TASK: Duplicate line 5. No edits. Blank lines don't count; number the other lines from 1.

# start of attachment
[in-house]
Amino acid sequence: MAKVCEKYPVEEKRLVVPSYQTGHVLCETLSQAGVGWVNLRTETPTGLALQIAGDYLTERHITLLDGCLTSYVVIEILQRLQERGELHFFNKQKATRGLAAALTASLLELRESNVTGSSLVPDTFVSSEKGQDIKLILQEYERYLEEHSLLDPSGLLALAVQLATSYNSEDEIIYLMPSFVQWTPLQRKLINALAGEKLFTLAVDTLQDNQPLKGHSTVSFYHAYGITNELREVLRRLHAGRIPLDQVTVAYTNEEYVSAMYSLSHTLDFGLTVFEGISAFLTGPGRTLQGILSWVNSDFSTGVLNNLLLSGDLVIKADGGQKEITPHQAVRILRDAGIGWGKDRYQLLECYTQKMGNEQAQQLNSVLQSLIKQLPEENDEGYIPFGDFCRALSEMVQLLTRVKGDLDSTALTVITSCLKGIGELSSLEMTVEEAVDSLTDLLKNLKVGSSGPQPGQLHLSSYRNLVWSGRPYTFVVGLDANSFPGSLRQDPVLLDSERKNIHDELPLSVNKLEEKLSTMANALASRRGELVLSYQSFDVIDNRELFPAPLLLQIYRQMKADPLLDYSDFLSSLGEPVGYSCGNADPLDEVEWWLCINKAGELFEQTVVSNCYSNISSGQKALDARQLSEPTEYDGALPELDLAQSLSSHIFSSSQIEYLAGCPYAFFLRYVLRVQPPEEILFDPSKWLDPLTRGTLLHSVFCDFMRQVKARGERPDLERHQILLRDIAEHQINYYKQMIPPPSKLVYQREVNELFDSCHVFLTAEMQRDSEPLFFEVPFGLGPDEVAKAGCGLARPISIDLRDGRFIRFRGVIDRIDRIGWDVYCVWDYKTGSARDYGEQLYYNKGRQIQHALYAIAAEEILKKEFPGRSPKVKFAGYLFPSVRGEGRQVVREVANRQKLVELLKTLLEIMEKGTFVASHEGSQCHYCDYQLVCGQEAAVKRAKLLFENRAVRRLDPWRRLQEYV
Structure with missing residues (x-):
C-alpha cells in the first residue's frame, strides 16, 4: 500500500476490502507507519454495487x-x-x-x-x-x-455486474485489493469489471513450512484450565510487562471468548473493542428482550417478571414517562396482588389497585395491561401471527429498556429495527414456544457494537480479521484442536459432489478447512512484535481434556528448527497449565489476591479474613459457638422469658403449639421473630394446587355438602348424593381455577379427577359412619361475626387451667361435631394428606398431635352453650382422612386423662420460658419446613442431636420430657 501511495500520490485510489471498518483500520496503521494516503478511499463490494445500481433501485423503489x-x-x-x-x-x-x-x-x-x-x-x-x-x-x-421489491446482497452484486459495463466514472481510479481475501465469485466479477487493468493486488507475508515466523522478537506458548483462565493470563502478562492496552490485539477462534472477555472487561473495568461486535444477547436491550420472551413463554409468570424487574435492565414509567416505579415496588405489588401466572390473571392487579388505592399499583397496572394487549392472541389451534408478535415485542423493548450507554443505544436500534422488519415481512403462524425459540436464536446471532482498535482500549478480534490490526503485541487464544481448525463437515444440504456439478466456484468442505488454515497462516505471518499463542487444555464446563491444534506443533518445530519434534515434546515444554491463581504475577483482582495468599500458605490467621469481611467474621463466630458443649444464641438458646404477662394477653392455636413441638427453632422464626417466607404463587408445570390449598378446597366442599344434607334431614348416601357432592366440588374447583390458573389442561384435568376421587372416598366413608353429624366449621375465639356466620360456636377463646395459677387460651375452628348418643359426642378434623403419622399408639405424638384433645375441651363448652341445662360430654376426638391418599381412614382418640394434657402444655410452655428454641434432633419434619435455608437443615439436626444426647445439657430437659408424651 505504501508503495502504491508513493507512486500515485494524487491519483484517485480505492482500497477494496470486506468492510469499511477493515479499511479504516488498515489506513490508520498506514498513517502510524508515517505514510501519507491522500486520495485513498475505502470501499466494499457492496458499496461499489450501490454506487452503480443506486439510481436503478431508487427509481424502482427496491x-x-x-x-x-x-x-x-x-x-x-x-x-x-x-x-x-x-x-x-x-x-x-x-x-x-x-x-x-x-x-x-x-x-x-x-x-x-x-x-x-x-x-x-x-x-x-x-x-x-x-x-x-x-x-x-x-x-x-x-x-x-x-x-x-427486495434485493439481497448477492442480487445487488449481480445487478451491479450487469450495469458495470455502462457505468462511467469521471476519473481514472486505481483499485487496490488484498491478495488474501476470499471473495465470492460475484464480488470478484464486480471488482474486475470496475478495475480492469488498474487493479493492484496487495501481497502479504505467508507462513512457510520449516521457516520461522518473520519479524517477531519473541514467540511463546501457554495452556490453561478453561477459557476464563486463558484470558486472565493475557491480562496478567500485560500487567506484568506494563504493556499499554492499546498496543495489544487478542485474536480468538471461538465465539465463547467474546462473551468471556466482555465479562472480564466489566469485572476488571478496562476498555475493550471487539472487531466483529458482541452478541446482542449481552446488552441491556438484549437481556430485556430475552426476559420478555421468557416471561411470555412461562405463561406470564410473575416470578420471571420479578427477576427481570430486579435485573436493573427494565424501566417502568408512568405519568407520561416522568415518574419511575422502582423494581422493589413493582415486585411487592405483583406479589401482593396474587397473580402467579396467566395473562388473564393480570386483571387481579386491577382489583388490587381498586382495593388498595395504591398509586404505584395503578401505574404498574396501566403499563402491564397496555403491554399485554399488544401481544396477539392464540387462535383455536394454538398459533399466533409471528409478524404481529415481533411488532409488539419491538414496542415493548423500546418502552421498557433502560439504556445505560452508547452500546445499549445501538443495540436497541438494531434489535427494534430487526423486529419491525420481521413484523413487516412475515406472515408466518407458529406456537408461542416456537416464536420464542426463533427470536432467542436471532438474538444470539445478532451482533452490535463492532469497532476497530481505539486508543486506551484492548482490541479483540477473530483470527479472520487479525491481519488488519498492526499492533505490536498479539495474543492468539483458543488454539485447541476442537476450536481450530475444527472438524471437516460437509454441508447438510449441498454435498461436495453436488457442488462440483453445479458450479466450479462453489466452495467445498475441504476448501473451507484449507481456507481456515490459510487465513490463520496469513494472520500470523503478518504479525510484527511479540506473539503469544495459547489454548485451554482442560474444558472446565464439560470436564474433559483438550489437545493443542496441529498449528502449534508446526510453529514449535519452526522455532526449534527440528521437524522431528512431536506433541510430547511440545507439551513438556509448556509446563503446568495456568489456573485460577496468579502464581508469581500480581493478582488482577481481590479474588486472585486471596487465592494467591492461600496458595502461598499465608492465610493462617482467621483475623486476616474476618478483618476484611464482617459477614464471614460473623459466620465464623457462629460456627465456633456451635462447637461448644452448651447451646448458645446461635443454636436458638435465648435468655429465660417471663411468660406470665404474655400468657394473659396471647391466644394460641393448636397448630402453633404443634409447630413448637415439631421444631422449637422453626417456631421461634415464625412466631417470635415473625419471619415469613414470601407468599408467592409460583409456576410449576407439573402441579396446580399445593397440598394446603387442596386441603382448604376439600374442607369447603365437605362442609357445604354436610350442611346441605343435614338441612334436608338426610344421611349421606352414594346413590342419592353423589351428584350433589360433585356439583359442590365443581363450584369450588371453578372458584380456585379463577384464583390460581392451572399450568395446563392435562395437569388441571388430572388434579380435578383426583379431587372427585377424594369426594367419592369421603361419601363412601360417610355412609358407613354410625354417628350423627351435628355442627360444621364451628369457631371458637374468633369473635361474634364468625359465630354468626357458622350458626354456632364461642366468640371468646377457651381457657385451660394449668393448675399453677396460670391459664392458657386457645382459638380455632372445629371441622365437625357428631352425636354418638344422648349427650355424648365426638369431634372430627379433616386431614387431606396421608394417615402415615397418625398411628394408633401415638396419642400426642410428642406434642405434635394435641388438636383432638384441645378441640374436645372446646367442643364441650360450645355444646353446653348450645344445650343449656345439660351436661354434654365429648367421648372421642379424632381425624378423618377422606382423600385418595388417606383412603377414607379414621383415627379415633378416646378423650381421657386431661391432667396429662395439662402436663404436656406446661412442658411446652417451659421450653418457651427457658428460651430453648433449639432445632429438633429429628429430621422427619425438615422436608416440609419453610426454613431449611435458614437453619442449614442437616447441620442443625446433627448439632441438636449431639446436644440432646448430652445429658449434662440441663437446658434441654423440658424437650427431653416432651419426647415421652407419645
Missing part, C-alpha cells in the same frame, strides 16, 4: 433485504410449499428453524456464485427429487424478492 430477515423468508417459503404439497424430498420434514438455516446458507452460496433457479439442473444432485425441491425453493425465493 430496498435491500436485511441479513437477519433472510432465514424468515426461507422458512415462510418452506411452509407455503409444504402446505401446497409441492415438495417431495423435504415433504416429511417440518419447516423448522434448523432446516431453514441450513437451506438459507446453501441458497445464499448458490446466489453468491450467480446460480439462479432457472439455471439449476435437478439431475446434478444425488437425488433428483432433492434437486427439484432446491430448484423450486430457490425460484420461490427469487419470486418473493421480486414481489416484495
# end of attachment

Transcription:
Missing part, C-alpha cells in the same frame, strides 16, 4: 433485504410449499428453524456464485427429487424478492 430477515423468508417459503404439497424430498420434514438455516446458507452460496433457479439442473444432485425441491425453493425465493 430496498435491500436485511441479513437477519433472510432465514424468515426461507422458512415462510418452506411452509407455503409444504402446505401446497409441492415438495417431495423435504415433504416429511417440518419447516423448522434448523432446516431453514441450513437451506438459507446453501441458497445464499448458490446466489453468491450467480446460480439462479432457472439455471439449476435437478439431475446434478444425488437425488433428483432433492434437486427439484432446491430448484423450486430457490425460484420461490427469487419470486418473493421480486414481489416484495